Acute flaccid paralysis of unknown etiology in California

EV-D68

Enterovirus D68 by Jason Roberts

In February 2014 I wrote about children in California who developed a poliomyelitis-like paralysis, also called acute flaccid paralysis or AFP. However, the cause of this paralysis was not known. The CDC has released its study of these cases and concludes “The etiology of AFP with anterior myelitis in the cases described in this report remains undetermined.”

A total of 23 cases of AFP* in California were reported to CDC during the period June 2012 through June 2014. These cases were from diverse geographic regions of the state. Specimens from 19 of the patients were available and tested for poliovirus, aroboviruses, herpesviruses, parechoviruses, adenoviruses, rabies virus, influenza virus, metapneumovirus, respiratory syncytial virus, parainfluenza viruses, Mycoplasma pneumoniae, Rickettsia, and amoebas. Rhinovirus was detected in one patient, and enterovirus D68 in two patients; all others were negative for potential etiologic agents.

All 23 patients with AFP also had anterior myelitis, inflammation of the grey matter of the spinal cord, which is characteristic of poliomyelitis. While the rate of AFP in California betweeen 1992-1998 was 1.4 cases per 100,000 children per year,  anterior myelitis was not described in any of 245 cases reviewed by CDC. However, poliovirus was ruled out as a cause in the 19 individuals who could be tested.

The cause of AFP is often difficult to determine because there infectious and non-infectious etiologies. Only 2 of the 19 clinical specimens met CDC guidelines for poliovirus detection (two stool specimens collected ≥24 hours apart and <14 days after symptom onset) and the others were likely taken too late to detect the presence of virus. The finding of enterovirus D68 in two of the samples is difficult to interpret, as the virus was detected in respiratory specimens and could have been a coincidental infection.

This investigation began with a request from a San Francisco area physician to the California State Department of Public Health to determine whether poliovirus was present in a 29 year old male with AFP and anterior myelitis. Subsequently this department posted alerts for AFP with anterior myelitis to  local health departments, and it is from the cases submitted that the 23 were drawn. Therefore the number of cases of AFP with anterior myelitis might be a consequence of this surveillance.

We are left with the unsatisfying conclusion that these 23 cases of AFP with anterior myelitis were either caused by an undetected infectious agent, or by something else.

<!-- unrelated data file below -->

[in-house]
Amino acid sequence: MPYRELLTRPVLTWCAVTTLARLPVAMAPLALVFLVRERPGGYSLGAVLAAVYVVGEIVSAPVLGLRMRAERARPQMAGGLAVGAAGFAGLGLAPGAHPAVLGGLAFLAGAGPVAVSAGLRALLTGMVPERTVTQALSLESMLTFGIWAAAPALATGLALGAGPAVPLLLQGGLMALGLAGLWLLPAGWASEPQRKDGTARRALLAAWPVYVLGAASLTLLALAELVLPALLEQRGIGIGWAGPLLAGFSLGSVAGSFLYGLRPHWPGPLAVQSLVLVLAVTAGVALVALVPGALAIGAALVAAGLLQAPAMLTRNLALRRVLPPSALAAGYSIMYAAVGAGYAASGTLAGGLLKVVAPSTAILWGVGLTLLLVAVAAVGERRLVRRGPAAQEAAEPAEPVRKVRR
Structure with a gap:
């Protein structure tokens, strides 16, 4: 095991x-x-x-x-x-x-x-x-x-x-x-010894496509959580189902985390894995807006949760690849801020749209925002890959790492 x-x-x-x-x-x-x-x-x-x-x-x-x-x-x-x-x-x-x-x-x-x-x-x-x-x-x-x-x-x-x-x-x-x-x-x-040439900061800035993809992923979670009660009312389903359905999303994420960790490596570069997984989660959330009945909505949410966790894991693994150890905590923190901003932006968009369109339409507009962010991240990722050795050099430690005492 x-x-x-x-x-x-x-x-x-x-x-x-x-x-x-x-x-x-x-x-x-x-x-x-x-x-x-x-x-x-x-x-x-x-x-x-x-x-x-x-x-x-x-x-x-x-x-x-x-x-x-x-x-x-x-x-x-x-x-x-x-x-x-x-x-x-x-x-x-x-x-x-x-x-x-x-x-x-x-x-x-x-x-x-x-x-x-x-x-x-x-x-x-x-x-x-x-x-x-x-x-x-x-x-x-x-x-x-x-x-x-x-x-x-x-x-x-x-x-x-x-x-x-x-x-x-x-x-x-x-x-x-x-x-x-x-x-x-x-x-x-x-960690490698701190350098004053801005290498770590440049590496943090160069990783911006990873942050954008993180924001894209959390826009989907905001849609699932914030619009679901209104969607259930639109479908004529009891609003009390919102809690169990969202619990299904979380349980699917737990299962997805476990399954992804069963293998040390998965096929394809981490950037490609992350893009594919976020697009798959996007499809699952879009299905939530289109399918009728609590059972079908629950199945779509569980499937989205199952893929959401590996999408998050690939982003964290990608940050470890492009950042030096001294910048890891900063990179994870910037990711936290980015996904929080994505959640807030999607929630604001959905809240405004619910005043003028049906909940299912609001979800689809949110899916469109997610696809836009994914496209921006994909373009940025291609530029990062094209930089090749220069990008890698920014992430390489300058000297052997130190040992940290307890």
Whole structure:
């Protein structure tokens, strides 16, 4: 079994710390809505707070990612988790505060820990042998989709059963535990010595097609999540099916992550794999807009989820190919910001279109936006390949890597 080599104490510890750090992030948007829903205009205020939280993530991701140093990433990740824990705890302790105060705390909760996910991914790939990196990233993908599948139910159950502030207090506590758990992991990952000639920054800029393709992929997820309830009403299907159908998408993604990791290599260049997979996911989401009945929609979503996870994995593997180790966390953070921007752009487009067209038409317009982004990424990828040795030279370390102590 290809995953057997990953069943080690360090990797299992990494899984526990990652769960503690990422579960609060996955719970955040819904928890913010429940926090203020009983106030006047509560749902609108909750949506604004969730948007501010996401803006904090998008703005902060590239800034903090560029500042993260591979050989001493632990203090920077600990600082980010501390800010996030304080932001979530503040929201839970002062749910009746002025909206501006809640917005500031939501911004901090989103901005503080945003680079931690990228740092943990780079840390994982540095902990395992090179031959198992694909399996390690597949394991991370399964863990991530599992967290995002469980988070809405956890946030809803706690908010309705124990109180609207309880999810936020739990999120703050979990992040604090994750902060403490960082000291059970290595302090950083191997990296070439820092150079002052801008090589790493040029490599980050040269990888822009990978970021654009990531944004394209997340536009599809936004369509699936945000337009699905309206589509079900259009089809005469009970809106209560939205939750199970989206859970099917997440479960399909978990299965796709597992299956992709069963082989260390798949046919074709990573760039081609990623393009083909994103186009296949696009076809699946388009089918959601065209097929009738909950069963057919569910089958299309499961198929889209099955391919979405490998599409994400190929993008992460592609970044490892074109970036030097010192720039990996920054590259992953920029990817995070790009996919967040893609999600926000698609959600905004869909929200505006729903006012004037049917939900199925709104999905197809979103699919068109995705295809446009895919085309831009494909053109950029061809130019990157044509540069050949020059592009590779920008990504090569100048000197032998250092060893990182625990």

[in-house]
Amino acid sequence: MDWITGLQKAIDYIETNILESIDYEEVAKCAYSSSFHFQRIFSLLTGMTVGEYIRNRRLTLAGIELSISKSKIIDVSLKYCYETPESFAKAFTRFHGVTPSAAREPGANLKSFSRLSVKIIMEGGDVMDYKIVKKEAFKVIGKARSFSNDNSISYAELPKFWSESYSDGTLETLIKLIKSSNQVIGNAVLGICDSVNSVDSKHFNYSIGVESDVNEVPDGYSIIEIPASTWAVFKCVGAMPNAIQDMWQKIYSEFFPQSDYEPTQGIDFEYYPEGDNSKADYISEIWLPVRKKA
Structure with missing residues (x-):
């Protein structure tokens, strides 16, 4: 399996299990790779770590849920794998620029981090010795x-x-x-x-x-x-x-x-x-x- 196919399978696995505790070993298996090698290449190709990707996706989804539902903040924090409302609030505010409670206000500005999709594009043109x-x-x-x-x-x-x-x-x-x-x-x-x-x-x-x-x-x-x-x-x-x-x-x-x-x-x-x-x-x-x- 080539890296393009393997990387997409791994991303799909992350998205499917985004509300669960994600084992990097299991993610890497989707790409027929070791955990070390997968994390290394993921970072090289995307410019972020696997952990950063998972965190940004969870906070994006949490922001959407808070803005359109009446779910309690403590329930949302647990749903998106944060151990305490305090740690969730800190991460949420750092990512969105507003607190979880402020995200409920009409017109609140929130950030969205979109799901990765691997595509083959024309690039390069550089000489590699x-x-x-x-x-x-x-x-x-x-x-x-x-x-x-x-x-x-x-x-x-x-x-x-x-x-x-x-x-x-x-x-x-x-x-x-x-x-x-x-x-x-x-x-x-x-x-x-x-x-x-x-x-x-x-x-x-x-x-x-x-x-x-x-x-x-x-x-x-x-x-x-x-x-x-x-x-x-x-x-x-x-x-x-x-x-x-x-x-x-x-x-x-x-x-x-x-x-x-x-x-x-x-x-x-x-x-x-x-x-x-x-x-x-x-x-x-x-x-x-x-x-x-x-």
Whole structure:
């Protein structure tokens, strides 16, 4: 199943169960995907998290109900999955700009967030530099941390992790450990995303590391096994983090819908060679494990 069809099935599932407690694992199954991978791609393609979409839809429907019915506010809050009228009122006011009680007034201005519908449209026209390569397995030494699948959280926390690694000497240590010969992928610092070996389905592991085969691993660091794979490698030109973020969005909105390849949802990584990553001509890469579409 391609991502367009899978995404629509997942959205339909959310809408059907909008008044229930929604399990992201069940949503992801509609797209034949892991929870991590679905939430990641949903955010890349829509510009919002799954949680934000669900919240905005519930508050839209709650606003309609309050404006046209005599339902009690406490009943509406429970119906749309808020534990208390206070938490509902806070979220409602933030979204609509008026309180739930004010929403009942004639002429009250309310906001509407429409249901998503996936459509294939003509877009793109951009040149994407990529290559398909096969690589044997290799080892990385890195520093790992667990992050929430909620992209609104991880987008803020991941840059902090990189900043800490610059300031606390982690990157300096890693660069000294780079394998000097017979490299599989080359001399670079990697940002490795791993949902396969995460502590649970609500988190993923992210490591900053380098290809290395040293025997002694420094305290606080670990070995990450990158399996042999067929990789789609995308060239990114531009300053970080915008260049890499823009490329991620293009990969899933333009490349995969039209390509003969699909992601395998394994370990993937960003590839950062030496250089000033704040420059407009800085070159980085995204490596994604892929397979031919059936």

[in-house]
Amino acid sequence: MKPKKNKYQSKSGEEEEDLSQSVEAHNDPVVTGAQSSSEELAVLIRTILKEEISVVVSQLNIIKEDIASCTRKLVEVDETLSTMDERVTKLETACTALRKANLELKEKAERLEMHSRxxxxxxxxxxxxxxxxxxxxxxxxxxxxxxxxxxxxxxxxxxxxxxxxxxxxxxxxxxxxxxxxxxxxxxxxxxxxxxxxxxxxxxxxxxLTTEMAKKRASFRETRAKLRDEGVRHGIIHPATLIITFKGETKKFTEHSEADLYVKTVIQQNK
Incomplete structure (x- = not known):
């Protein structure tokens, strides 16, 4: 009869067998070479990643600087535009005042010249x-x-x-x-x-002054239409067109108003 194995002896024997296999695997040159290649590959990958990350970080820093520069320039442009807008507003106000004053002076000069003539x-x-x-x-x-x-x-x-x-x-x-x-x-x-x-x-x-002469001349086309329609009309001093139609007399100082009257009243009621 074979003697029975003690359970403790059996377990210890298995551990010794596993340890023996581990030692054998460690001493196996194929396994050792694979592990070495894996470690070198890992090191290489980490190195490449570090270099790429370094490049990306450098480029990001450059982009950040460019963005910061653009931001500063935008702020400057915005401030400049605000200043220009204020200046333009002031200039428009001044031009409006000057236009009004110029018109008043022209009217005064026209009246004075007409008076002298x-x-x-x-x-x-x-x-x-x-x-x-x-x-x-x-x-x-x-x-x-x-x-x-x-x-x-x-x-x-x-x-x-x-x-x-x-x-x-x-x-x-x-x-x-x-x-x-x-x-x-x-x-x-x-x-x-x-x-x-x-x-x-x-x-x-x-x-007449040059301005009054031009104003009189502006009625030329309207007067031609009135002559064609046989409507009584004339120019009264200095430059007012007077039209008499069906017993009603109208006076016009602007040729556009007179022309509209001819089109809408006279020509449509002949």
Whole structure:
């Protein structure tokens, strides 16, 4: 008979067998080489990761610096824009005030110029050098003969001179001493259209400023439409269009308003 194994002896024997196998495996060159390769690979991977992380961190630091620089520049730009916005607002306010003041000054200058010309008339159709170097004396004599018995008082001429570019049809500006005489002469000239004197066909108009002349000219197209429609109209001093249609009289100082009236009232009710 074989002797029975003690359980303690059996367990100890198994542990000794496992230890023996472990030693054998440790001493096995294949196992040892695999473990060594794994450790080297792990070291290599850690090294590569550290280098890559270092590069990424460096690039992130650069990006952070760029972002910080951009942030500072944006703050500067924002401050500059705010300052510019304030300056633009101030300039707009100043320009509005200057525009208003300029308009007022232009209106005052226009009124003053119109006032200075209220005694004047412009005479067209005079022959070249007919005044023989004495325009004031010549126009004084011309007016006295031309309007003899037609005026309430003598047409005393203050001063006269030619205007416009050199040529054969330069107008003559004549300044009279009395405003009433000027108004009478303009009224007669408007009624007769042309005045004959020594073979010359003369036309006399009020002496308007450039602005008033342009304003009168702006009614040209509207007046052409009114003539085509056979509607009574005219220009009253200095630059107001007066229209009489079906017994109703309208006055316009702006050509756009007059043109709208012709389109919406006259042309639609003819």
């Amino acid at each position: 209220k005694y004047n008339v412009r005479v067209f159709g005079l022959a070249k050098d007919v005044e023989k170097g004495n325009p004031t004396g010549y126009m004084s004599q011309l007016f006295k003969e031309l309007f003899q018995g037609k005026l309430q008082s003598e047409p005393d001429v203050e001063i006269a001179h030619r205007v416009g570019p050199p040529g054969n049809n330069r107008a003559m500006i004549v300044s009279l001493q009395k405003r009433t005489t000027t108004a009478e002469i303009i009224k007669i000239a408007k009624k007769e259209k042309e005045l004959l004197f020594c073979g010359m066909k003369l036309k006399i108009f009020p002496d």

*Defined by CDC as “at least one limb consistent with anterior myelitis, as indicated by neuroimaging of the spine or electrodiagnostic studies (e.g., nerve conduction studies and electromyography), and with no known alternative etiology”.

Comments on this entry are closed.

  • Trine Tsouderos

    I wonder if there is some other commonality. So many of them (83%) were ill in the days before the AFP set in – perhaps the commonality, if there is one, is a treatment they took for their illness? An OTC medication, or perhaps a nutritional supplement? There have been cases of contaminated supplements causing illness…

  • pk

    Right, its always the supplements and never vaccines or any FDA approved medical product, cause those things are 100% safe.

  • pk

    How do we know this AFP was not caused by the PolioVirus? Do we have a pathognomonic test for Polio?

  • Trine Tsouderos

    The original patient – the 29 year old – was unvaccinated. So was one of the pediatric cases. Read the CDC report. It is full of even more detail. Professor Racaniello has helpfully provided a link.

  • Because the CDC did not detect poliovirus, or antibodies to poliovirus, in clinical specimens from the patients. AFP is used to identify patients who might have polio, but virus isolation or antibody detection is needed to confirm the diagnosis.

  • Or perhaps there were multiple causes. I’m sure CDC looked for commonalities and didn’t find them. Or couldn’t.

  • Lynn

    Hello Dr. Racaniello,
    Thank you for taking the time to teach the public about viruses. Your blog is scientific yet accessible to non-medical people. I found this site in a quest to learn more about the latest medical thoughts on AFP. My daughter’s dear friend, a beautiful, healthy high school student has just been diagnosed with this. She went from healthy to completely paralyzed and on a ventilator within hours. I have read everything I can find about AFP. She is reportedly 1 of only 100 cases in the country, with a cluster in Colorado in September. Since you wrote this article in October 2014, do you have any further insights? I appreciate any light you can shed. Thank you again for your work.

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  • teverettb .

    Would these cases be considered polio in the early 50’s? I think they would. As would all paralysis occurring from Coxsackie disease, various entero viruses, and all the other viruses mentioned in the above article. Since they didn’t test for those things back then, all AFP would have been considered polio.

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